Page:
If 2011 was endless waiting, 2012 was not much better. His average fell from 28.30 in 2011 to 19.40 in 2012, his strike-rate from 140.79 to 114.79. No fifty this year. But, call it luck or destiny, Sunil Narine’s entry and an epic first title later, not many thought too much of Yusuf’s failing prowess. To them, he was still a force to be reckoned with. His time would surely arrive.

Such had been the love-affair with him that the spectators, though angry with every failure, cheered him on each time he walked out to the crease. More often than not, they were left disappointed and even embarrassed for getting behind a player who had displayed nothing but inconsistency, especially in big games. After his 21-ball 40 guided KKR to the finals in 2012, Gambhir had been enthused, believing in his prime player, and defended his choice to play Yusuf despite his poor run.

But what about the time when he failed to get going in a big-match in the 2011 Eliminator, when KKR had been reduced to 15 for 3? He walked in with enough time to bide and settle down, but his stay only lasted 24 balls.

What happened in the 2012 finals, when Yusuf walked out with the side needing 39 in 22? Jacques Kallis ensured the target came down to 27 off 18 after he struck a four and six in consecutive deliveries. The ideal situation for a big-match player to step up. Yusuf holed out to midwicket on the very next ball for just 1.

Who can forget the time he was out obstructing the field (becoming the first IPL batsman to have this dubious feat) when KKR needed 23 in 13 with no recognised batsman left in the lineup?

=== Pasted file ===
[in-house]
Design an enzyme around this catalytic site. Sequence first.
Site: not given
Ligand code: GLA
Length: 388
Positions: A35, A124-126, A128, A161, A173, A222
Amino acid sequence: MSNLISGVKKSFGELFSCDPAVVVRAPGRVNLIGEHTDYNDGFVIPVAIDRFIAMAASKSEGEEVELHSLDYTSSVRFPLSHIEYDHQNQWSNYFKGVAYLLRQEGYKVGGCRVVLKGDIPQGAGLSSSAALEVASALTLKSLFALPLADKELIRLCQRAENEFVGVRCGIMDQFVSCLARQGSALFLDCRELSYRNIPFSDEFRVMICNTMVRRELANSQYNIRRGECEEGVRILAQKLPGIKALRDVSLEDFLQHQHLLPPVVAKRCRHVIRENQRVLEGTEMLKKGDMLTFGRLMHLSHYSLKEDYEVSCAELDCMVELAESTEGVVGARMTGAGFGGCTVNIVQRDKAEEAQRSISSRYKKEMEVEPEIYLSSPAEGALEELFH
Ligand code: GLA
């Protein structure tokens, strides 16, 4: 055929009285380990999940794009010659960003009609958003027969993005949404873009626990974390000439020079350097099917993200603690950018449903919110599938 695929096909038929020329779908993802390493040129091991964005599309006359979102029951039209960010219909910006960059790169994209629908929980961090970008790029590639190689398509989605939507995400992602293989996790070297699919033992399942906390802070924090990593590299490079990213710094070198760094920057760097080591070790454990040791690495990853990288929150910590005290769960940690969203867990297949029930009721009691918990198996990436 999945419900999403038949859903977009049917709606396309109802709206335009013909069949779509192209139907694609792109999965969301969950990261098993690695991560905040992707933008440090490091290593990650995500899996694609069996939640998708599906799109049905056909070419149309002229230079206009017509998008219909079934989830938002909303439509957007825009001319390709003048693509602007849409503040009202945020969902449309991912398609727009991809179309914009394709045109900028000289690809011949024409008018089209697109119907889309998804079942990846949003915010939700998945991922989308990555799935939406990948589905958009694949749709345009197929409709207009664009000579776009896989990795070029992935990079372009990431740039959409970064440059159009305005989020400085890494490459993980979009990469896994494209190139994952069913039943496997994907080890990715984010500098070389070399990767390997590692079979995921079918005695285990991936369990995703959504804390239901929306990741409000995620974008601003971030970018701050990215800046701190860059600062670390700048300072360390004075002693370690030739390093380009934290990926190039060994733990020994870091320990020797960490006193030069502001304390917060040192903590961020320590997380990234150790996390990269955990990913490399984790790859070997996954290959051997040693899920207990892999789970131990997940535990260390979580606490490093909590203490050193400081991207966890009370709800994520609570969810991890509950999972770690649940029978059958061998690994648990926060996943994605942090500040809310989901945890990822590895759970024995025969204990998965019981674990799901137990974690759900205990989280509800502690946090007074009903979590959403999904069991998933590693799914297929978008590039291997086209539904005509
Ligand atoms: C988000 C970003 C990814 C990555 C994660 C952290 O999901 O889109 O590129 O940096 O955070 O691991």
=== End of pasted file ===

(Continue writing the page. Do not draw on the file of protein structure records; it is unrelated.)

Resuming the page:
Even though he did erase the criticisms with his 22-ball 72 in the 2014 league game against Sunrisers Hyderabad, where KKR needed to chase 162 in 15.2 overs to finish in the top 2, the innings remained an exception. Soon the familiar sight of a tall frame walking in with high hopes but walking back to the dugout in the midst of increasing irritation became more and more common at Eden Gardens.

The last straw was when Yusuf’s trusted ally Gambhir too grew fed up of the Baroda all-rounder’s dwindling form and returns. He dropped Yusuf from the all-important, must-win clash against Mumbai Indians in the 2nd Qualifier last season. The maverick skipper had finally learnt that the 35-year old could no longer keep up with the changing dynamics in the shortest format of the game.

In an attempt to go for the big hits in each and every position, Yusuf lost the ability to check his aggression and play according to the situation. The finisher failed to make the most of his chances and his IPL failures coincided with a loss of a place in the national team as well.

Though he was unable to weave his magic in the Purple and Gold, Yusuf will be hoping to better things in his third IPL team, SRH, and perhaps bow out with a bang, not a whimper.